Under the economic liberalization of President Sadat, the configuration of this particular class evolved. Some slipped down the social ladder while others went up grooming themselves as a class of professionals who were fully integrated into the new order.
And the same order has persisted since the 1970s. Their names are no longer on the state’s payroll. Private investors, foreign companies and banks are their new employers – an opportunity that has allowed these professionals to earn unprecedentedly high incomes. This, combined with the abundance of available goods has allowed them to develop a completely novel lifestyle that has little in common with that of the early post-revolution era.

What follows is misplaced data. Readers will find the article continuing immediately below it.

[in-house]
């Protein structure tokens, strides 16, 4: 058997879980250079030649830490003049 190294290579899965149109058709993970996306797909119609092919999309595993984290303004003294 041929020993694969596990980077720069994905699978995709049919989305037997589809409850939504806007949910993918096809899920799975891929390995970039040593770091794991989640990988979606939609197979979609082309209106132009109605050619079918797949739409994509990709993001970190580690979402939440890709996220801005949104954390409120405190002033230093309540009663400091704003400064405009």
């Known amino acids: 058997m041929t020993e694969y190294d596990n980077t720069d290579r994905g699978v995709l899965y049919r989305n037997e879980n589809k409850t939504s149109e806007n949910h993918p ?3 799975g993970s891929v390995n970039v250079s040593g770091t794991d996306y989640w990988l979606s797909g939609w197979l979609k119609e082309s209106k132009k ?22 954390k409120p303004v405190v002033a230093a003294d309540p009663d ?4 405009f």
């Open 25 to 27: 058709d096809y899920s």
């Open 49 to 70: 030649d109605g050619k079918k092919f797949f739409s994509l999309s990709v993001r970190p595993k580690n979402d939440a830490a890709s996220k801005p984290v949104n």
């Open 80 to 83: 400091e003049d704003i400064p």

It is the early 1960s. The white-collar father gets home around 3:00 pm after spending six hours in a government office. The family all eat lunch which it has taken their mother all day to prepare. The parents take a nap while the children study. Later they listen to the radio. The same programs resonate through houses in cities all over Egypt. At 8:30 pm, the news comes on, peppered with Arab nationalist and socialist slogans, the bulletin offers a one-sided coverage of Nasser’s news. In 2010, the evening schedule is much busier.